Traditional metalworking still shines in manufacturing

Published
May 03, 2018 - 12:45pm
Traditional metalworking still shines in manufacturing

Additive manufacturing seems to monopolize the spotlight when it comes to part production these days. Manufacturers flock to industry trade shows to see how this novel technology has advanced and learn about how it might transform and benefit their operations.

There is good reason for the hype. Additive manufacturing may offer manufacturers a way to meet consumer demand for more customization. It also holds promise for product designers racing to be first to market with new designs. When it comes to rapid prototyping or one-off runs of unique products, additive technology is a valuable tool.

But the technology still has limitations and it isn’t the only innovator in industrial manufacturing. Traditional metalworking continues to be the real rock star.

Technology suppliers for traditional metalworking operations and applications continue to push the limits of what can be accomplished. Machine tool builders develop ever more sophisticated designs. Software advancements enhance machine control for faster cutting speeds, tighter tolerances and new ways of generating complex geometries.

At the same time, workholder, toolholder and cutting tool manufacturers are refining their technology and developing new solutions to increase productivity and profitability. Even raw part materials are changing to become stronger, lighter and more durable, which can add to the need for these manufacturers to develop new tools or products.

For the foreseeable future, the world will continue to revolve around products assembled with parts produced in high-volume machining operations.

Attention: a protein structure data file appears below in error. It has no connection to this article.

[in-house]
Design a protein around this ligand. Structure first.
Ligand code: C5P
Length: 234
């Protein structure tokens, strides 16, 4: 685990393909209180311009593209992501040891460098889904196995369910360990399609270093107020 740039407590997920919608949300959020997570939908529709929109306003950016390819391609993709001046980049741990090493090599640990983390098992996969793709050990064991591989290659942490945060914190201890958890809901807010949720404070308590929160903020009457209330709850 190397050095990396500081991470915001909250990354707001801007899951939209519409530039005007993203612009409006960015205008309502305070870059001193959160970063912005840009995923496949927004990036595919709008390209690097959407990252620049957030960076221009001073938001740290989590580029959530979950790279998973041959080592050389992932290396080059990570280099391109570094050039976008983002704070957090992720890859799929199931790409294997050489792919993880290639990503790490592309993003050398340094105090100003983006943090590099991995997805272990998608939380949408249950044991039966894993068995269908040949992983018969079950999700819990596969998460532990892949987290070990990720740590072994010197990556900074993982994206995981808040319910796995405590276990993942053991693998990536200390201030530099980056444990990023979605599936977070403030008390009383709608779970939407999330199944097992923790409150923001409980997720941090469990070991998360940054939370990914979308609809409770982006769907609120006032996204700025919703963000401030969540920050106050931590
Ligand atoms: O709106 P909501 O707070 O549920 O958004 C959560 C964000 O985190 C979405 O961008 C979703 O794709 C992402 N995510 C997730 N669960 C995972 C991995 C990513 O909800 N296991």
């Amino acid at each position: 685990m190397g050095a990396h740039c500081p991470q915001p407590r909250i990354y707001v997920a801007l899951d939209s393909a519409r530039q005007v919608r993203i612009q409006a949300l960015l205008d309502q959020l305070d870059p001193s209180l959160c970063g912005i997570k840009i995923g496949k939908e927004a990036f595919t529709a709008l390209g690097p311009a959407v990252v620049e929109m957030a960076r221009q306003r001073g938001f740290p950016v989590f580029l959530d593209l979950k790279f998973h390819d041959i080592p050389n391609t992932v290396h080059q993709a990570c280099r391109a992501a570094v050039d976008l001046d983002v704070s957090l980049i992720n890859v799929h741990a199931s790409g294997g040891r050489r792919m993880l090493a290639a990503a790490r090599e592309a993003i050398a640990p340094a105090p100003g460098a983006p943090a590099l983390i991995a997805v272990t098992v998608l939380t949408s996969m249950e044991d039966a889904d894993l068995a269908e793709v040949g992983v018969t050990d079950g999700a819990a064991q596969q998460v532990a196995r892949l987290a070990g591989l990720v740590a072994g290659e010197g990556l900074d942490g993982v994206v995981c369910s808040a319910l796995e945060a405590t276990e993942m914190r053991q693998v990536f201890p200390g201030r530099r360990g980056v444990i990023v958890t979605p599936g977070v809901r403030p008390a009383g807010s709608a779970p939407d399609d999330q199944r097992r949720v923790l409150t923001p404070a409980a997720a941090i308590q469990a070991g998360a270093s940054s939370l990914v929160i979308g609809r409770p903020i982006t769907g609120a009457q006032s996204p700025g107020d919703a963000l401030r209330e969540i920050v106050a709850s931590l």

Traditional metalworking enables manufacturers to produce more of those parts in less time. For tasks such as producing thousands of medical parts like bone screws or hydraulic fittings, additive manufacturing cannot match the economies of scale that traditional metalworking offers.

In addition, many parts are too large to be built with additive manufacturing methods. Others require materials currently unavailable for additive processes. For example, heavy load bearing materials, such as cast iron or steel for locomotive components, require conventional machining methods.

And additive manufacturing technologies often can’t produce final, finished pieces. Near-net shapes produced with additive technology nearly always need some finish machining. The time and materials costs invested in producing near-net shapes with additive technology makes finish machining precision even more critical, as scrap parts become more expensive.

Metalworking also provides several important economic advantages. Cost, as always, remains a dominant factor for many manufacturing executives deciding how to produce parts.

Manufacturers have invested heavily in the machines, tools and technology on their shop floors. While many are complementing their CNC operations with additive capabilities, they are not even close to replacing those huge investments in conventional CNC equipment.

Plus, other than single-part, customized or prototyping manufacturing scenarios, additive manufacturing tends to be cost prohibitive. Equipment is expensive and additive processes require higher cost raw materials and skilled labor to design parts and operate the machines.